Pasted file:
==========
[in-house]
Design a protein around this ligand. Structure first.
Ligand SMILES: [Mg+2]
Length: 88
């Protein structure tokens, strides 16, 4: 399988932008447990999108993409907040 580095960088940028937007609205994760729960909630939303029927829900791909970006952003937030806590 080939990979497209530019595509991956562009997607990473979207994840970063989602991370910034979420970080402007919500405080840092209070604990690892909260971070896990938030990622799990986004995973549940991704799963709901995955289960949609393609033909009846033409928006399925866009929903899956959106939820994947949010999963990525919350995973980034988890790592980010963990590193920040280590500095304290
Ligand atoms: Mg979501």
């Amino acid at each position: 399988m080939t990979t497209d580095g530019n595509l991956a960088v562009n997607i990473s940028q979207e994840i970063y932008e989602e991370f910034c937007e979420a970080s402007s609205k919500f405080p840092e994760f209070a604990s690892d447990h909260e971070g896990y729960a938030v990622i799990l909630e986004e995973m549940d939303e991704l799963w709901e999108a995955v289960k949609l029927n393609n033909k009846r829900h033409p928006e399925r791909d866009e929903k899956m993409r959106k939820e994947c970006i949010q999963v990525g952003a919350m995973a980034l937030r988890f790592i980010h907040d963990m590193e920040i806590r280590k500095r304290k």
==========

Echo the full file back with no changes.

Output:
[in-house]
Design a protein around this ligand. Structure first.
Ligand SMILES: [Mg+2]
Length: 88
């Protein structure tokens, strides 16, 4: 399988932008447990999108993409907040 580095960088940028937007609205994760729960909630939303029927829900791909970006952003937030806590 080939990979497209530019595509991956562009997607990473979207994840970063989602991370910034979420970080402007919500405080840092209070604990690892909260971070896990938030990622799990986004995973549940991704799963709901995955289960949609393609033909009846033409928006399925866009929903899956959106939820994947949010999963990525919350995973980034988890790592980010963990590193920040280590500095304290
Ligand atoms: Mg979501």
């Amino acid at each position: 399988m080939t990979t497209d580095g530019n595509l991956a960088v562009n997607i990473s940028q979207e994840i970063y932008e989602e991370f910034c937007e979420a970080s402007s609205k919500f405080p840092e994760f209070a604990s690892d447990h909260e971070g896990y729960a938030v990622i799990l909630e986004e995973m549940d939303e991704l799963w709901e999108a995955v289960k949609l029927n393609n033909k009846r829900h033409p928006e399925r791909d866009e929903k899956m993409r959106k939820e994947c970006i949010q999963v990525g952003a919350m995973a980034l937030r988890f790592i980010h907040d963990m590193e920040i806590r280590k500095r304290k």